UTIs (urinary tract infections) are very common, particularly for women. In fact, about half of women will experience one at some point in their lives. There are multiple contributing factors that can make it more likely that you will get a UTI, from genetics to lifestyle factors. The beauty products and toiletries that you use could also have an impact, making it important to be careful with how you keep clean.
Can Soap or Body Wash Cause a UTI?
Using soap and body wash on your vulva could be a contributing factor that leads to a UTI. Your vulva, urinary tract, and vagina are all carefully balanced to help keep them clean and healthy. Using the wrong cleansers or too much soap could disrupt them and make it more likely that you will develop a UTI. However, it’s still important to keep this area clean with water and gentle soap.
What’s the Link Between Soap and UTIs?
Soap could contribute to the development of UTIs by disrupting the pH balance of the vulva and the area around the urinary tract. Experts advise women to avoid the use of douching, harsh soaps, and feminine sprays to keep the vulva healthy. But it’s still important to keep the area around the urethra clean. You should gently wash with soap and water. It’s also recommended that you should take showers instead of baths.
Using harsh soaps or too much soap could also cause symptoms that are similar to a UTI but without an infection. Dysuria, when urination is painful or difficult, can be experienced due to inflammation of the urethra caused by the use of soap.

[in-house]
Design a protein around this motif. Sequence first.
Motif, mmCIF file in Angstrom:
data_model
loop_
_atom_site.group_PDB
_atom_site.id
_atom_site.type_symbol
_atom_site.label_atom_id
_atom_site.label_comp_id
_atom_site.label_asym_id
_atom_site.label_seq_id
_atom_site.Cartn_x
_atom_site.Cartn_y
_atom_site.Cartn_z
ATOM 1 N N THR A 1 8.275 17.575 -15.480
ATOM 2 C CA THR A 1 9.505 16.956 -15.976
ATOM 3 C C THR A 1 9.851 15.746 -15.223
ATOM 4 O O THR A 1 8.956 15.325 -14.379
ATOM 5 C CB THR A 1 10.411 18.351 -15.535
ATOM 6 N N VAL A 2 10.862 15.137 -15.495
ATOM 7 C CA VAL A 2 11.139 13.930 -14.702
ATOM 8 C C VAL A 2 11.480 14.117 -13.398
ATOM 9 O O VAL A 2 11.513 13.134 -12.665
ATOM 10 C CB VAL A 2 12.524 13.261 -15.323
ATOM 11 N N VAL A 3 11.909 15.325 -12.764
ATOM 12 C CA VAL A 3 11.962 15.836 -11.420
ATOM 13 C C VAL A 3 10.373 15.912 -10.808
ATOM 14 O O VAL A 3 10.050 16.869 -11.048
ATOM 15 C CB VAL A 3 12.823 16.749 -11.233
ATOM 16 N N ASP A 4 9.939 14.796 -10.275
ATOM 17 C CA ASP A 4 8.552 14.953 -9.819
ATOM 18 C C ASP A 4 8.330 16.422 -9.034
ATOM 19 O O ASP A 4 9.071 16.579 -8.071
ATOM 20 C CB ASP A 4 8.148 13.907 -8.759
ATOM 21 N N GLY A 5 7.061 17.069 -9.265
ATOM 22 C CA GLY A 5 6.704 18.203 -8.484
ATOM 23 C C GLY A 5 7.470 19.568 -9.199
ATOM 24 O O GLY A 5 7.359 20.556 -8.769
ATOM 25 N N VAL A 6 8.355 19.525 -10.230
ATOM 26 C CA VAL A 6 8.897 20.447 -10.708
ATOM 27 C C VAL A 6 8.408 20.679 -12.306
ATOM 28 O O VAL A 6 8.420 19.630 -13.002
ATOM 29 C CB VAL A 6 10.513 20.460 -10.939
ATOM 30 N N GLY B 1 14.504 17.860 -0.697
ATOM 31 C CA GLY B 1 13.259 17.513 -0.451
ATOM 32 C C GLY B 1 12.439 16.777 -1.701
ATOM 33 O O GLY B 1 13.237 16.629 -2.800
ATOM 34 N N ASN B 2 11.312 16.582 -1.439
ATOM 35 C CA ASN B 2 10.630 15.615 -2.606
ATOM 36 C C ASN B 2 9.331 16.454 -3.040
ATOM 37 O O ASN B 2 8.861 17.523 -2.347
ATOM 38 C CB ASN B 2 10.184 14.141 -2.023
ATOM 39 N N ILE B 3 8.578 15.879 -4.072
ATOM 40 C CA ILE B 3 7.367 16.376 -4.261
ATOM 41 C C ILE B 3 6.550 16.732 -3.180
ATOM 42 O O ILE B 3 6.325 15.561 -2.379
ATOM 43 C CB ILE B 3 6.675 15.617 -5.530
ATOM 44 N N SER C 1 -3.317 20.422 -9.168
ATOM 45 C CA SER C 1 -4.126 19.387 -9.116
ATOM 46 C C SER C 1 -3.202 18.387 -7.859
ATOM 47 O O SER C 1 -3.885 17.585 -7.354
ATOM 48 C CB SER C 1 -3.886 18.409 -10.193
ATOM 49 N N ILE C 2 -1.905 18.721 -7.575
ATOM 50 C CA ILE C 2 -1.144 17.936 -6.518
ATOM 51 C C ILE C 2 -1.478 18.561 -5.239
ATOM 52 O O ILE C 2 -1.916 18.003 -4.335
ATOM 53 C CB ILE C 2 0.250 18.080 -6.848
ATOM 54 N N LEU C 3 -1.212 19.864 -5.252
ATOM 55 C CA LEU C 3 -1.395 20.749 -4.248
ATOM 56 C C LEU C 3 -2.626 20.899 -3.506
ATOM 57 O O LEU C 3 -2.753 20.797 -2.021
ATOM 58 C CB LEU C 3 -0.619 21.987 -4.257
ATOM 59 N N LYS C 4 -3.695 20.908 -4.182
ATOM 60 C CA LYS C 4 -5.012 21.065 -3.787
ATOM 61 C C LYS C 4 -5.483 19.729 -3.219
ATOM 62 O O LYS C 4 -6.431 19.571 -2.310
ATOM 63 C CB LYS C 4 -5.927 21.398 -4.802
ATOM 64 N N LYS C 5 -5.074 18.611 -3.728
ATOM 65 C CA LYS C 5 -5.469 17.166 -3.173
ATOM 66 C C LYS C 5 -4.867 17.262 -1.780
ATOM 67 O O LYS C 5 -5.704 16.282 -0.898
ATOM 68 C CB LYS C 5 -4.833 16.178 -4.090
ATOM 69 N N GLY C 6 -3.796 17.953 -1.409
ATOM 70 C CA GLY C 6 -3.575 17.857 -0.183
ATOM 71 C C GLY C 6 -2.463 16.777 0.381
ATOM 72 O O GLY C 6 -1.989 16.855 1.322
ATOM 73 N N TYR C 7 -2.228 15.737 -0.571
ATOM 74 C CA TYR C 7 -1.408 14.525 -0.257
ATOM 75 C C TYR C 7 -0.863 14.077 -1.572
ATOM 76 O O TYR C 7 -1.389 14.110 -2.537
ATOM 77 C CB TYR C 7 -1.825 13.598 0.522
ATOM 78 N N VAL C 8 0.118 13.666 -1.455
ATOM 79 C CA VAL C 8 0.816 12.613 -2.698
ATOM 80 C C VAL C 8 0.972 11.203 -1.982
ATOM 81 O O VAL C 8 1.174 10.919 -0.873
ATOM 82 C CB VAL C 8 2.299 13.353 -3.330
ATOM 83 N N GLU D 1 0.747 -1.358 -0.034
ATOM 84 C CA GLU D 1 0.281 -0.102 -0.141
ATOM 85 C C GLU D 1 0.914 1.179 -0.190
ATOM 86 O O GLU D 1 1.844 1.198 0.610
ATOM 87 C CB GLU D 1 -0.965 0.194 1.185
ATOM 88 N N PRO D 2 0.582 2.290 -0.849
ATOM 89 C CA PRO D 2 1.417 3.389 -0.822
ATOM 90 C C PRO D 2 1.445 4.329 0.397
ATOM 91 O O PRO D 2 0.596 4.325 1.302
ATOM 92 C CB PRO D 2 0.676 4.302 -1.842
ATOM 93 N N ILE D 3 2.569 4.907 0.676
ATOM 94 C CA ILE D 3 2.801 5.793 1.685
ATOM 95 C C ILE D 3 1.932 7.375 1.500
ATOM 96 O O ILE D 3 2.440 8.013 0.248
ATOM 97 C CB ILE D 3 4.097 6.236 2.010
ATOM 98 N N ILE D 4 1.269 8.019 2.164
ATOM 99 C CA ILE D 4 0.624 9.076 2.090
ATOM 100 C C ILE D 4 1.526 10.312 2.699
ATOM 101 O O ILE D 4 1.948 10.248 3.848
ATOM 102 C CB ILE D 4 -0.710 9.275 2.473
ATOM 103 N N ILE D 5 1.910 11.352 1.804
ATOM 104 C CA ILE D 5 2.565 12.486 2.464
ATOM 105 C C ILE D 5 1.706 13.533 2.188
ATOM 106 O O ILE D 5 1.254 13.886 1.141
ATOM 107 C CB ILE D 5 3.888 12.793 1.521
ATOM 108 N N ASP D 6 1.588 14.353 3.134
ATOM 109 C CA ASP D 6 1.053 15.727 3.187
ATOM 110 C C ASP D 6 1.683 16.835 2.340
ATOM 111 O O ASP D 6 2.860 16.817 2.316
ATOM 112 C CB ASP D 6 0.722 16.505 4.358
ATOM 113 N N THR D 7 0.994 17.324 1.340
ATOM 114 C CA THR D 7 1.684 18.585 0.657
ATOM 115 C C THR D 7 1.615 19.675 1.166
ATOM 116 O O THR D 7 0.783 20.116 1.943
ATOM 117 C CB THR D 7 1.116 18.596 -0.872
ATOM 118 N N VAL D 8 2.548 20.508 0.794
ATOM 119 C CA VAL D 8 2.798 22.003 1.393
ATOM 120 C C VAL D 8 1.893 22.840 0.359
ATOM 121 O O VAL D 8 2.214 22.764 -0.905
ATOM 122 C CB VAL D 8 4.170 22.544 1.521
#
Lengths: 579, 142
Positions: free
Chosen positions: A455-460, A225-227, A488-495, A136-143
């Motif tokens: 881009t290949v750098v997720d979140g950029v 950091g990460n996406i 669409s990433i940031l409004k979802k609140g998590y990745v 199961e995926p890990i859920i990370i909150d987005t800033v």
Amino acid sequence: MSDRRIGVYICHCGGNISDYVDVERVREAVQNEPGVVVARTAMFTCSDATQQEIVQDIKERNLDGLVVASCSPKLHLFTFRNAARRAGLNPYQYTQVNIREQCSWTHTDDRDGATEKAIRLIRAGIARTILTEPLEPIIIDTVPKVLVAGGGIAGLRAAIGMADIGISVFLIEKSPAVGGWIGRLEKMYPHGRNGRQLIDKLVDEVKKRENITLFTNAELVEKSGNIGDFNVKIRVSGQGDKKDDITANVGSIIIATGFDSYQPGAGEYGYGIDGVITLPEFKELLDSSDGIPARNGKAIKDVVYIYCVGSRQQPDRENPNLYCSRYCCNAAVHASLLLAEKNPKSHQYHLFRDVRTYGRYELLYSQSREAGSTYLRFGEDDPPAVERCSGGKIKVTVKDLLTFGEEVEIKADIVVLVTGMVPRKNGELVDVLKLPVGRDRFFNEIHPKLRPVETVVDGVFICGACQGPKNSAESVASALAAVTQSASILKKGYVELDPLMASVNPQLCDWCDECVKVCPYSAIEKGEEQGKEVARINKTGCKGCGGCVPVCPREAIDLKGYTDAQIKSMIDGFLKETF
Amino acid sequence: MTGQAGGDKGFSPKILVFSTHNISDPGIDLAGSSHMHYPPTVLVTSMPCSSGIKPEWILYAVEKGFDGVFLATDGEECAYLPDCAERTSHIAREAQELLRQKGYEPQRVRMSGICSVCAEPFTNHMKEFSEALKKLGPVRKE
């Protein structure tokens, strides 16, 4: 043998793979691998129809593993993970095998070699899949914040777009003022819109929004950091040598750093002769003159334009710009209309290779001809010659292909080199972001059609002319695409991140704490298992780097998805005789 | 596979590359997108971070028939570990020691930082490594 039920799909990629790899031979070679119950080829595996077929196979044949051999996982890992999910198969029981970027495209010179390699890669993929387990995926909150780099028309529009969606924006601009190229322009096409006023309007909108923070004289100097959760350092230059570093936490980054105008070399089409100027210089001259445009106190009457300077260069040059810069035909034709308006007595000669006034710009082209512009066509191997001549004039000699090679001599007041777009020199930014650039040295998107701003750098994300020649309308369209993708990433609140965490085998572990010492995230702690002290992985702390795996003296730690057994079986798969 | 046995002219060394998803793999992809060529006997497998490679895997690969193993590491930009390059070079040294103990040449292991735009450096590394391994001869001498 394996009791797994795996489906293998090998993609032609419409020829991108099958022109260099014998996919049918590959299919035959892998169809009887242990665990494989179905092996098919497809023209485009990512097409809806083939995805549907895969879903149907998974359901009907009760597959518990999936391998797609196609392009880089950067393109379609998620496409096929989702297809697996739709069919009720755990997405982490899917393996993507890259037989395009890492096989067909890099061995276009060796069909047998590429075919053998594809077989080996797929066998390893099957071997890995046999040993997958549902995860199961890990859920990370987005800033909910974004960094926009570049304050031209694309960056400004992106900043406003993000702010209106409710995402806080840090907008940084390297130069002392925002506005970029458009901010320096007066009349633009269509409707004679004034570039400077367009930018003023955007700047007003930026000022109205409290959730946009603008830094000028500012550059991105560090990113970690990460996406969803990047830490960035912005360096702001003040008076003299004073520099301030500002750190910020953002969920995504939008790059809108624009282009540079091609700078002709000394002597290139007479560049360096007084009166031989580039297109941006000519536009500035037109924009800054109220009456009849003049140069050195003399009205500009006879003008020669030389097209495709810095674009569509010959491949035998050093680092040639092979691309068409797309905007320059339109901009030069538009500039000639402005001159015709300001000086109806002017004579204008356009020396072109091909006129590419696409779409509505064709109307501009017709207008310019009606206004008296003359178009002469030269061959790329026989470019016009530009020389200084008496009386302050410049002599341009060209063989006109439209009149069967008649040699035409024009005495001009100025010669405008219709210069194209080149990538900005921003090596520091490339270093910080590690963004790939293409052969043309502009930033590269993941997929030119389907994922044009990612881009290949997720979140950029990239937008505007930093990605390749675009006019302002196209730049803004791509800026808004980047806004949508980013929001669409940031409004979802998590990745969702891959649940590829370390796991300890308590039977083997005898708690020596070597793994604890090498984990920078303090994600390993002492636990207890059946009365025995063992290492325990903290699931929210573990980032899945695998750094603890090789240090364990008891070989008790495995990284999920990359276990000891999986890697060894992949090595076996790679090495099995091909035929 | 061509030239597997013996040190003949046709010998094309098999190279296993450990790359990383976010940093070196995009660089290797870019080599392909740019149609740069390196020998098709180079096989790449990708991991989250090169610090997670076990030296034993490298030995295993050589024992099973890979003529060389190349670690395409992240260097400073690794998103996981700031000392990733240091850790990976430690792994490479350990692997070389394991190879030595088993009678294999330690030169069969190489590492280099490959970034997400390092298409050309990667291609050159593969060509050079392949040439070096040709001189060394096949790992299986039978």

Can Over-Cleaning Your Private Area Cause a UTI?
Keeping your vulva clean is important (although there’s no need to clean inside your vagina). But could you clean the area too much? It can be particularly sensitive, so too much cleaning could cause a UTI from soap irritation. Irritation and inflammation might lead you to experience UTI-like symptoms. Too much cleaning could also affect the pH balance and colonization of microbes, which could increase the risk of a UTI developing.
Cleaning your vulva once a day is usually enough to keep the area clean. Avoid using harsh soaps, shower gels, or intimate hygiene products. This will help you to maintain good hygiene without causing any irritation or disrupting the natural flora in and around your urinary tract.
What Else Can Cause a UTI?
A range of other factors could contribute to your risk of developing a UTI. Some people are simply more prone to developing them but there are also certain things that might make them more likely.
Some things that might relate to UTIs include:
- Sexual behavior – sex can introduce bacteria into the urethra, and urinating after sex can help to prevent infection
- Use of spermicides and lubricant
- History of UTI
- Holding in urine too long
- Using a diaphragm
- Tight-fitting clothes
Even if you don’t use any harsh soaps or over-wash, you could still develop a UTI. It’s important to be aware of the symptoms, such as feeling the urge to urinate frequently, pain or burning when you pee, and pain or discomfort in your pelvis or abdomen.
How Can You Prevent a UTI?
There are various things that anyone can do to try and prevent a UTI. Although some people are simply more prone to developing them, there are also certain behaviors you can change to decrease your risk.